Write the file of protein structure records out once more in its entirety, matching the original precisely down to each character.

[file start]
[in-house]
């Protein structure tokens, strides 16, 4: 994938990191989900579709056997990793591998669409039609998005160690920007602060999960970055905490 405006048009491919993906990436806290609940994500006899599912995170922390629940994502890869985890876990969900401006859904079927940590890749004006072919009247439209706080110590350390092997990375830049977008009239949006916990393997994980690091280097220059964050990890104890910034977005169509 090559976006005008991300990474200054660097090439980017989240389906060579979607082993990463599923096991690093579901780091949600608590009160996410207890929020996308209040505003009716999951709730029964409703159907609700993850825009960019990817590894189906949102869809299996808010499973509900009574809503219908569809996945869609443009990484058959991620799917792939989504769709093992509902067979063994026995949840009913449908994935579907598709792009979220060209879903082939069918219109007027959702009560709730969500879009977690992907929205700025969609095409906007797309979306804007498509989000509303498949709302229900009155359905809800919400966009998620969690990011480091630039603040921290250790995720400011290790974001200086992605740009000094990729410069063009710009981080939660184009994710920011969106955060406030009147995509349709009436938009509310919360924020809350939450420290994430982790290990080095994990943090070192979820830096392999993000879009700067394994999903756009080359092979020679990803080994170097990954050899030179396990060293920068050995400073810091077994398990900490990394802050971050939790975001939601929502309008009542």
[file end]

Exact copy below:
[in-house]
């Protein structure tokens, strides 16, 4: 994938990191989900579709056997990793591998669409039609998005160690920007602060999960970055905490 405006048009491919993906990436806290609940994500006899599912995170922390629940994502890869985890876990969900401006859904079927940590890749004006072919009247439209706080110590350390092997990375830049977008009239949006916990393997994980690091280097220059964050990890104890910034977005169509 090559976006005008991300990474200054660097090439980017989240389906060579979607082993990463599923096991690093579901780091949600608590009160996410207890929020996308209040505003009716999951709730029964409703159907609700993850825009960019990817590894189906949102869809299996808010499973509900009574809503219908569809996945869609443009990484058959991620799917792939989504769709093992509902067979063994026995949840009913449908994935579907598709792009979220060209879903082939069918219109007027959702009560709730969500879009977690992907929205700025969609095409906007797309979306804007498509989000509303498949709302229900009155359905809800919400966009998620969690990011480091630039603040921290250790995720400011290790974001200086992605740009000094990729410069063009710009981080939660184009994710920011969106955060406030009147995509349709009436938009509310919360924020809350939450420290994430982790290990080095994990943090070192979820830096392999993000879009700067394994999903756009080359092979020679990803080994170097990954050899030179396990060293920068050995400073810091077994398990900490990394802050971050939790975001939601929502309008009542």